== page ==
British Columbia

Vancouver pushes plastic bag ban, disposable cup fee to 2022 due to COVID-19 pressure on businesses

Council passed a motion delaying the previously approved ban until Jan. 1, 2022, instead of the original Jan. 1, 2021. 

Councillors said stores needed more time to adjust given this year's additional burdens

A number of municipalities across British Columbia have already banned plastic bags, including Victoria. (Ryan Remiorz/Canadian Press)

Businesses in Vancouver will be able to give out plastic bags and free disposable cups for another year.

Council passed a motion delaying previously approved changes on those items until Jan. 1, 2022, instead of the original Jan. 1, 2021. 

"The pandemic has changed things," said Coun. Lisa Dominato. "I think there's many businesses that aren't in a state of readiness." 

The new rules, which have not changed, include:

  • Banning plastic shopping bags (with exceptions for shopping bags used to transport large bulky items).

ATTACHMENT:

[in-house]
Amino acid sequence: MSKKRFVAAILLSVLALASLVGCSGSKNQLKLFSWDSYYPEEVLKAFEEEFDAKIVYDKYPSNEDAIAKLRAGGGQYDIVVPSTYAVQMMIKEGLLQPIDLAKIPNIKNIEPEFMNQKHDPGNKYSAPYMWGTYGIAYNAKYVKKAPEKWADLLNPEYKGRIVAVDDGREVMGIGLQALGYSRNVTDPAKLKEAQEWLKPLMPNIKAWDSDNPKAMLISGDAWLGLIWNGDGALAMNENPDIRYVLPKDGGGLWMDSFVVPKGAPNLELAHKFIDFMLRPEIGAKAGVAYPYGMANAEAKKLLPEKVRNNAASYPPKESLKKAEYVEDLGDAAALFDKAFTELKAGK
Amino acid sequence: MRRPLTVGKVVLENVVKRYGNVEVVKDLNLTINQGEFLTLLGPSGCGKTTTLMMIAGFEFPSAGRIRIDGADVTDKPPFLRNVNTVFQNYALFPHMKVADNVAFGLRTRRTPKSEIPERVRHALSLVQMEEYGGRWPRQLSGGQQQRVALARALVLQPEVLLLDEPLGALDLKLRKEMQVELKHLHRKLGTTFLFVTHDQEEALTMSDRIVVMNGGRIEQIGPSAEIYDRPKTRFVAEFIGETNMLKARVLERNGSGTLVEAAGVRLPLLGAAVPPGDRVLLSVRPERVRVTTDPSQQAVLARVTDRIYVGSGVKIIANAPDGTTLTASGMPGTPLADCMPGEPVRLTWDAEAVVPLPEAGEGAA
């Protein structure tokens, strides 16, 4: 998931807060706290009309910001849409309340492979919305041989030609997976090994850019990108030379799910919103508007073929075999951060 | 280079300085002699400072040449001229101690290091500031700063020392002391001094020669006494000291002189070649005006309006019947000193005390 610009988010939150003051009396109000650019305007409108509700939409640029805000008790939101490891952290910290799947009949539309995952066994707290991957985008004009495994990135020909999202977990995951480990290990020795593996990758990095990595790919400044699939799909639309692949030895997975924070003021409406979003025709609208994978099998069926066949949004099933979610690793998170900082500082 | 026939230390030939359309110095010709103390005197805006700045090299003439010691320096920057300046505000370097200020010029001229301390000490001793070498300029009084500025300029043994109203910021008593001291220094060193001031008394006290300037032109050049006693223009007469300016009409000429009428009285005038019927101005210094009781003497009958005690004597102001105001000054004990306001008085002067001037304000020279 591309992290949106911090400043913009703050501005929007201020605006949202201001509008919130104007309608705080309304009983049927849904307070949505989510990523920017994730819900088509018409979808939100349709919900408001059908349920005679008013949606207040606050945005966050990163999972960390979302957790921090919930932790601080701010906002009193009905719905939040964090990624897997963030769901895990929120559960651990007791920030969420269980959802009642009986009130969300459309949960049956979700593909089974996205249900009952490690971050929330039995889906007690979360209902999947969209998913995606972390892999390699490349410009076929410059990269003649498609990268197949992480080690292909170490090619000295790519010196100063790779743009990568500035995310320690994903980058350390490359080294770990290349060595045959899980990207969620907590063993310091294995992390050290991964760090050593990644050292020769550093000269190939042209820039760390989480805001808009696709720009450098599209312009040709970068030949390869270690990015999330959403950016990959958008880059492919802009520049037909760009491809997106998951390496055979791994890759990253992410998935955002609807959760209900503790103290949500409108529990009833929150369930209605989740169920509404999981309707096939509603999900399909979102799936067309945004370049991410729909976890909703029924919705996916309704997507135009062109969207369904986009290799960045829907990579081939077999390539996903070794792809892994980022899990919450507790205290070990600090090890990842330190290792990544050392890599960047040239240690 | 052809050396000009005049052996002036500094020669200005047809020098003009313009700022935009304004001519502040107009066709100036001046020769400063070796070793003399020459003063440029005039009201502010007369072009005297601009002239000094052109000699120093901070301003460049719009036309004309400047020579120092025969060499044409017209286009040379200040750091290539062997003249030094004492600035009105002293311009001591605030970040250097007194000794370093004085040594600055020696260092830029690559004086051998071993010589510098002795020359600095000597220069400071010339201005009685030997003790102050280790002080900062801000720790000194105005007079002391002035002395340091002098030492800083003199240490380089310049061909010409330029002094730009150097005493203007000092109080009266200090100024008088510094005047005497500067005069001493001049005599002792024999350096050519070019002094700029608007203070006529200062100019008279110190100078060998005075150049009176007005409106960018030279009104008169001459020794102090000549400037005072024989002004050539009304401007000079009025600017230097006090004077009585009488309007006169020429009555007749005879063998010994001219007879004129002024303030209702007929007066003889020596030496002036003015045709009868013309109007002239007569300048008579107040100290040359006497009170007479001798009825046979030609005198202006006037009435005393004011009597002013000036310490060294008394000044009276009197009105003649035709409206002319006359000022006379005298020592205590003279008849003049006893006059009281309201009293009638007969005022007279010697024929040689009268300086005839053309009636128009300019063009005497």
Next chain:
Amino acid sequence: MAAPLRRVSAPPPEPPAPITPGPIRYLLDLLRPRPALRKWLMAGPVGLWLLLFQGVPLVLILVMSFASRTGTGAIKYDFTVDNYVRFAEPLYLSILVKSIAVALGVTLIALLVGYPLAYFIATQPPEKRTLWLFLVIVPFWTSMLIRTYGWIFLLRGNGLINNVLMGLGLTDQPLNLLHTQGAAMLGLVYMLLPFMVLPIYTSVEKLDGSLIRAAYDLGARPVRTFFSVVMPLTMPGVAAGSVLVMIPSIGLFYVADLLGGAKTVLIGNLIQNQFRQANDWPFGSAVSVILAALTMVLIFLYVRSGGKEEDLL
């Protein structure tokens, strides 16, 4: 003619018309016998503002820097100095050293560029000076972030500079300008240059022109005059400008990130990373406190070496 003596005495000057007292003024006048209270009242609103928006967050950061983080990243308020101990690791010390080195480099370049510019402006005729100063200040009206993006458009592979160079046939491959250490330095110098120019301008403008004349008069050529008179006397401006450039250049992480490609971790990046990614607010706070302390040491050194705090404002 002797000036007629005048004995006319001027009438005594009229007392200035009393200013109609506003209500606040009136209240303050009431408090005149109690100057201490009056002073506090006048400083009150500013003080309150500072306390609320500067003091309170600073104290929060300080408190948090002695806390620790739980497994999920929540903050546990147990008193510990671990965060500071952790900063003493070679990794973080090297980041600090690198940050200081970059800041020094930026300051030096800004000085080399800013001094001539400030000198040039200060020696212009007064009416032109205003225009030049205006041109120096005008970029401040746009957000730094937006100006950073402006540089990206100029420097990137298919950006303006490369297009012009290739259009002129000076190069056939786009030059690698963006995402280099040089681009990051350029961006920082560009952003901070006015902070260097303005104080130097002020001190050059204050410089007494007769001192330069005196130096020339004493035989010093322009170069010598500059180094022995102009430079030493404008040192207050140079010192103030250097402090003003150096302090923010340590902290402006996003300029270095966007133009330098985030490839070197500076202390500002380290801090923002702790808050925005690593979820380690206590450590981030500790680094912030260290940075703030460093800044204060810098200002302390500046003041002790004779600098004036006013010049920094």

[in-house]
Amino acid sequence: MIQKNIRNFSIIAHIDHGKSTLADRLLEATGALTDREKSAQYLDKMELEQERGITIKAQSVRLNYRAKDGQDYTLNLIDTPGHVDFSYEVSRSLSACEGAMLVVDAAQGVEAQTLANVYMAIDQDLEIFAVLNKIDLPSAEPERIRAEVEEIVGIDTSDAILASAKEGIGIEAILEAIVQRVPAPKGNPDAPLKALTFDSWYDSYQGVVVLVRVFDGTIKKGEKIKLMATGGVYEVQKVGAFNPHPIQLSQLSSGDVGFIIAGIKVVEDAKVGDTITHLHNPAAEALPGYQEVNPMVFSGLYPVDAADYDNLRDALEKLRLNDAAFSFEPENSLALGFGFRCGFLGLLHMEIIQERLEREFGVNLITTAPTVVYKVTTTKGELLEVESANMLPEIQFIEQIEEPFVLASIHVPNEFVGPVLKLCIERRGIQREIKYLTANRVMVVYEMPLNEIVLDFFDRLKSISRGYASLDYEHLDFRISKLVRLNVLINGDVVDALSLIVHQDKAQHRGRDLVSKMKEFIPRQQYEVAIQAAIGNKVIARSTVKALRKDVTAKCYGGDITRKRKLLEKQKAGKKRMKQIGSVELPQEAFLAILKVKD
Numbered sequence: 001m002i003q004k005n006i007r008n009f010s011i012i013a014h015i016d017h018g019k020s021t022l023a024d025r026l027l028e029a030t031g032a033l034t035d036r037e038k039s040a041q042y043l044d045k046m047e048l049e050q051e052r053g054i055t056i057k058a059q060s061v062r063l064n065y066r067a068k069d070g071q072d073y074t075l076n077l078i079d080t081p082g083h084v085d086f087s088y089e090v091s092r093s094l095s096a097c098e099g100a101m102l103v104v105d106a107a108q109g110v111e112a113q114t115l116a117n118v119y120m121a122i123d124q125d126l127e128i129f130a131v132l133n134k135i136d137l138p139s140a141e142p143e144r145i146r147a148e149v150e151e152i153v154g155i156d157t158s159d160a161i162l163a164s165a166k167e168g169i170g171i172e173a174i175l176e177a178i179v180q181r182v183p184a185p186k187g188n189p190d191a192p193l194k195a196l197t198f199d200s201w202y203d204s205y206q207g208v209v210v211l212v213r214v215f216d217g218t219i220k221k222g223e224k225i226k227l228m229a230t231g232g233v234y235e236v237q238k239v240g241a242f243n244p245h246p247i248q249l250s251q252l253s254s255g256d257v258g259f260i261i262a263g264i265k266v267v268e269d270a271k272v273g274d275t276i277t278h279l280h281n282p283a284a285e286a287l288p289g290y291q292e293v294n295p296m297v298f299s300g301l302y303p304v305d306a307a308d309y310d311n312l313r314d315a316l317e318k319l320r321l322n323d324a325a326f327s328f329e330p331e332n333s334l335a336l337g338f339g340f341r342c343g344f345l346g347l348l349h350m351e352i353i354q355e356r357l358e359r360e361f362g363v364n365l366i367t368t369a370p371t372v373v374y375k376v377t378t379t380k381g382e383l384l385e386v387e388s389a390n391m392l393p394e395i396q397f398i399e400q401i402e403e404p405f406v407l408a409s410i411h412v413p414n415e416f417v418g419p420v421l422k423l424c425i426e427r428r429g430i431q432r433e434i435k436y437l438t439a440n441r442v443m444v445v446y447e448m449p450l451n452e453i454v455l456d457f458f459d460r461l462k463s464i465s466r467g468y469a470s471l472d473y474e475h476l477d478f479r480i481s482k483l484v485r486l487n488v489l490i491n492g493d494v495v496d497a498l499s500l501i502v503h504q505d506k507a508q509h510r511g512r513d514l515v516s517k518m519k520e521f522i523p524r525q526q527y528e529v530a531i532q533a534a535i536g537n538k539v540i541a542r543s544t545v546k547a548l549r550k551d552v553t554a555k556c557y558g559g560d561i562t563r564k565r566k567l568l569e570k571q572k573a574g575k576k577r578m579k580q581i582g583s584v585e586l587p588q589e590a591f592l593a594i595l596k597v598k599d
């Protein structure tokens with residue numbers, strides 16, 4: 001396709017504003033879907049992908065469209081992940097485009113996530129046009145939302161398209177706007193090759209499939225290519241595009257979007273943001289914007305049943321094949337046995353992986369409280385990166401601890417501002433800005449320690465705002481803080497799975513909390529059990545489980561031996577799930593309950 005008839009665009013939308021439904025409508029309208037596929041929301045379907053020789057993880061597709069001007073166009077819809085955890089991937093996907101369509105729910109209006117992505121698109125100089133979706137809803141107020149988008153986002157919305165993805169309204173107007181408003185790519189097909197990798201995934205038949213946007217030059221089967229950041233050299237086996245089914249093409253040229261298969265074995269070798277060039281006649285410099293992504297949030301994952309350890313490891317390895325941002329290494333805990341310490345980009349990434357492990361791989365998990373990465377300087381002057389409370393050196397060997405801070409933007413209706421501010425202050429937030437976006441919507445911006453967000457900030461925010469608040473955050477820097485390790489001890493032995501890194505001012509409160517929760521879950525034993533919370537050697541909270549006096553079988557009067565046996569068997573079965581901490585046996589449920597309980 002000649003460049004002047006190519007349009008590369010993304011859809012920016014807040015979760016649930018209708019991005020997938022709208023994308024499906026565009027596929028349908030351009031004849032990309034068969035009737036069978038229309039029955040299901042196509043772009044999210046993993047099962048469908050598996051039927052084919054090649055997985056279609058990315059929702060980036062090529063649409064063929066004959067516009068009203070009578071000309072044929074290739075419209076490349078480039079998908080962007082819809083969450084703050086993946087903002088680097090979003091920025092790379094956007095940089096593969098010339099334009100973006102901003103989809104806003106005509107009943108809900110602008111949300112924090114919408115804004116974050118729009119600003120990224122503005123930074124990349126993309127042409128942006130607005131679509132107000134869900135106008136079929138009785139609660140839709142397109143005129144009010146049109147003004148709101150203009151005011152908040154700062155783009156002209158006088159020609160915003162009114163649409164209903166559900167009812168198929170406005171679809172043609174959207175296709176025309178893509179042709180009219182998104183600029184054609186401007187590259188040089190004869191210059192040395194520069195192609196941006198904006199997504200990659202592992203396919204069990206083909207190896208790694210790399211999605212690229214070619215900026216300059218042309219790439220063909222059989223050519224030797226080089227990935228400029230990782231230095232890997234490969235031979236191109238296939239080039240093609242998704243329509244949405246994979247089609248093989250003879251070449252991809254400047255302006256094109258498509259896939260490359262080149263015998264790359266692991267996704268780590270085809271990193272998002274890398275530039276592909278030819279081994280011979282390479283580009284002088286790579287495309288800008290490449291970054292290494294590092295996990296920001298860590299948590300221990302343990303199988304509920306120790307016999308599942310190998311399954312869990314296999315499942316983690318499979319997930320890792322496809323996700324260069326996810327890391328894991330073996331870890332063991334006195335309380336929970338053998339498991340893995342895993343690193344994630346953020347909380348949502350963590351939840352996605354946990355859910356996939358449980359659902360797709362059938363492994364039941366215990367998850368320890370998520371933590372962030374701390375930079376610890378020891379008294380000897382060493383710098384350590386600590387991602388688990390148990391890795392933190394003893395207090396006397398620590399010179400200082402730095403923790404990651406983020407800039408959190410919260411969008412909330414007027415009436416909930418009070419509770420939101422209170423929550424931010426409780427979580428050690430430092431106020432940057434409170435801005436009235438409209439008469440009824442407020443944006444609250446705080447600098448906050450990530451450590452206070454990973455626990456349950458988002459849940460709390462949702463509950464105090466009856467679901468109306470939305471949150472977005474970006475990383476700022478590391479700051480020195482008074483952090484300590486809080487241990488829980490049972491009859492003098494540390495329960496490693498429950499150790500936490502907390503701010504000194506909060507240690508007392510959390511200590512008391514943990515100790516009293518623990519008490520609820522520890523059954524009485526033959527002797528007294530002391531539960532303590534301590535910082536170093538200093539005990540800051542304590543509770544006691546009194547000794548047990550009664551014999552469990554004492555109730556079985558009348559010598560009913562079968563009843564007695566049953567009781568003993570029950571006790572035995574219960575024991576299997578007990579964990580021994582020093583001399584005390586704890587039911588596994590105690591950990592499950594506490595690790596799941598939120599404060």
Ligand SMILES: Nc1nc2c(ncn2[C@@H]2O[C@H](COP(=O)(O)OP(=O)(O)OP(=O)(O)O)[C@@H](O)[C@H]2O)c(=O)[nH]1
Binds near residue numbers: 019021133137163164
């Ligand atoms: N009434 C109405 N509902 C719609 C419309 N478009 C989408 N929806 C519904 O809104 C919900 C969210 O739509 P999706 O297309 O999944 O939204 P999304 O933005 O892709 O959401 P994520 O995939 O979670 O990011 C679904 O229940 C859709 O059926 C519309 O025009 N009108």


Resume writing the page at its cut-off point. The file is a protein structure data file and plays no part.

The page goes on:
• A minimum fee of 15 cents for paper shopping bags — going up to 25 cents after one year — with at least 40 per cent recycled content.
  • A minimum fee of 25 cents on disposable cups (with exceptions for charitable food services, hospitals and community care facilities).  

The B.C. government has already approved civic bylaws banning single-use plastics in several municipalities, and has signalled provincewide regulations for some items are coming. 

Supply chain and staffing issues

According to city staff, "while the business community has expressed support … they have recently expressed a number of significant concerns around timing, particularly with enforcement, due to the COVID-19 pandemic."

Those include reduced revenues, businesses having less capacity to source alternative bags or cups, and issues with supply chains for paper bags with  40 per cent recycled content. 

Staff originally proposed the 2021 deadline would continue to be in place, but with no enforcement until 2022. However, Coun. Sarah Kirby-Yung put forward a successful amendment to move the deadline to 2022. 

"It's important that there's clarity when we implement procedures," she said. 

""I was quite enthusiastic to these changes … it is disappointing to have to delay this work, but we do have to realize we're in a pandemic, and that has had so many impacts."

The amendment passed 6-5 — with Mayor Kennedy Stewart joining the four NPA councillors and independent Coun. Rebecca Bligh in support — with the overall motion passing unanimously. 

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